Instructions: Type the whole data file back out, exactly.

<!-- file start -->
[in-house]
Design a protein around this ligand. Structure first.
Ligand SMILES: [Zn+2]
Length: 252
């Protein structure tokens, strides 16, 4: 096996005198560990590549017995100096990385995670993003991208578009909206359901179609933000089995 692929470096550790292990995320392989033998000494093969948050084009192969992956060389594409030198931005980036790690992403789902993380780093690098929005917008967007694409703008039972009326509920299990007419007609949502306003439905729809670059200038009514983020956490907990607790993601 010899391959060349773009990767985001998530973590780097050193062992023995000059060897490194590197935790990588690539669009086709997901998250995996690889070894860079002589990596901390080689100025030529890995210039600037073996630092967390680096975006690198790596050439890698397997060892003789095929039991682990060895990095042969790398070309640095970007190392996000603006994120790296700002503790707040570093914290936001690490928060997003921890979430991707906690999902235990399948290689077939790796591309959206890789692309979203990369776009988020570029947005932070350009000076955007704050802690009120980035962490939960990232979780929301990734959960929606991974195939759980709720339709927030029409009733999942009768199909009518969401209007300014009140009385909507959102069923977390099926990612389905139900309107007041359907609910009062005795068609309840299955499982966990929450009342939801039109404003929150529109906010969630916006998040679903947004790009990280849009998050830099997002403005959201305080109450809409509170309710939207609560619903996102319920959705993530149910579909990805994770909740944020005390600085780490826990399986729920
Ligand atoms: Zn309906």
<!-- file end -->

[in-house]
Design a protein around this ligand. Structure first.
Ligand SMILES: [Zn+2]
Length: 252
């Protein structure tokens, strides 16, 4: 096996005198560990590549017995100096990385995670993003991208578009909206359901179609933000089995 692929470096550790292990995320392989033998000494093969948050084009192969992956060389594409030198931005980036790690992403789902993380780093690098929005917008967007694409703008039972009326509920299990007419007609949502306003439905729809670059200038009514983020956490907990607790993601 010899391959060349773009990767985001998530973590780097050193062992023995000059060897490194590197935790990588690539669009086709997901998250995996690889070894860079002589990596901390080689100025030529890995210039600037073996630092967390680096975006690198790596050439890698397997060892003789095929039991682990060895990095042969790398070309640095970007190392996000603006994120790296700002503790707040570093914290936001690490928060997003921890979430991707906690999902235990399948290689077939790796591309959206890789692309979203990369776009988020570029947005932070350009000076955007704050802690009120980035962490939960990232979780929301990734959960929606991974195939759980709720339709927030029409009733999942009768199909009518969401209007300014009140009385909507959102069923977390099926990612389905139900309107007041359907609910009062005795068609309840299955499982966990929450009342939801039109404003929150529109906010969630916006998040679903947004790009990280849009998050830099997002403005959201305080109450809409509170309710939207609560619903996102319920959705993530149910579909990805994770909740944020005390600085780490826990399986729920
Ligand atoms: Zn309906």